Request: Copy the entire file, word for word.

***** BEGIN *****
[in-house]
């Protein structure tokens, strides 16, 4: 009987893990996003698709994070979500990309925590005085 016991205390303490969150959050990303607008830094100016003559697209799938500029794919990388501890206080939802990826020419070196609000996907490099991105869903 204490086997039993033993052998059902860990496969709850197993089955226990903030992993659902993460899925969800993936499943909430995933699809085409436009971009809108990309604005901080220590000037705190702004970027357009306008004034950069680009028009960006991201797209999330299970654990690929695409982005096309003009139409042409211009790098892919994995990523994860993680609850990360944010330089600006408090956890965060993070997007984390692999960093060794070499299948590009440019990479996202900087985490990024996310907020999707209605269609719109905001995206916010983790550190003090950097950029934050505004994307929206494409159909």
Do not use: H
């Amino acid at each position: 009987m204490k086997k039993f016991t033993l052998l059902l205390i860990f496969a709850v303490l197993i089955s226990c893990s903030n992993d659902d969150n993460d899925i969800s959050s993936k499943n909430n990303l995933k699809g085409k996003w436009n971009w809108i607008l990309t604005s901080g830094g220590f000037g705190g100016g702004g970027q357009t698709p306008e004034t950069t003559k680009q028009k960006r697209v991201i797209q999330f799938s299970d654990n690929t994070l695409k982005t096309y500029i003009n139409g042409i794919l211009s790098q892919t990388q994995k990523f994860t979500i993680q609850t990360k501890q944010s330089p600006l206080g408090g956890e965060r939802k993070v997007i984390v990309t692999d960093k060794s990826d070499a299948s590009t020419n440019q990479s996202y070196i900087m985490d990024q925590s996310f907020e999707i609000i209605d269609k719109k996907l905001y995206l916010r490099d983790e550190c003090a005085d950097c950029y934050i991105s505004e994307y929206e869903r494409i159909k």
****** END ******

[in-house]
């Protein structure tokens, strides 16, 4: 009987893990996003698709994070979500990309925590005085 016991205390303490969150959050990303607008830094100016003559697209799938500029794919990388501890206080939802990826020419070196609000996907490099991105869903 204490086997039993033993052998059902860990496969709850197993089955226990903030992993659902993460899925969800993936499943909430995933699809085409436009971009809108990309604005901080220590000037705190702004970027357009306008004034950069680009028009960006991201797209999330299970654990690929695409982005096309003009139409042409211009790098892919994995990523994860993680609850990360944010330089600006408090956890965060993070997007984390692999960093060794070499299948590009440019990479996202900087985490990024996310907020999707209605269609719109905001995206916010983790550190003090950097950029934050505004994307929206494409159909």
Do not use: H
């Amino acid at each position: 009987m204490k086997k039993f016991t033993l052998l059902l205390i860990f496969a709850v303490l197993i089955s226990c893990s903030n992993d659902d969150n993460d899925i969800s959050s993936k499943n909430n990303l995933k699809g085409k996003w436009n971009w809108i607008l990309t604005s901080g830094g220590f000037g705190g100016g702004g970027q357009t698709p306008e004034t950069t003559k680009q028009k960006r697209v991201i797209q999330f799938s299970d654990n690929t994070l695409k982005t096309y500029i003009n139409g042409i794919l211009s790098q892919t990388q994995k990523f994860t979500i993680q609850t990360k501890q944010s330089p600006l206080g408090g956890e965060r939802k993070v997007i984390v990309t692999d960093k060794s990826d070499a299948s590009t020419n440019q990479s996202y070196i900087m985490d990024q925590s996310f907020e999707i609000i209605d269609k719109k996907l905001y995206l916010r490099d983790e550190c003090a005085d950097c950029y934050i991105s505004e994307y929206e869903r494409i159909k």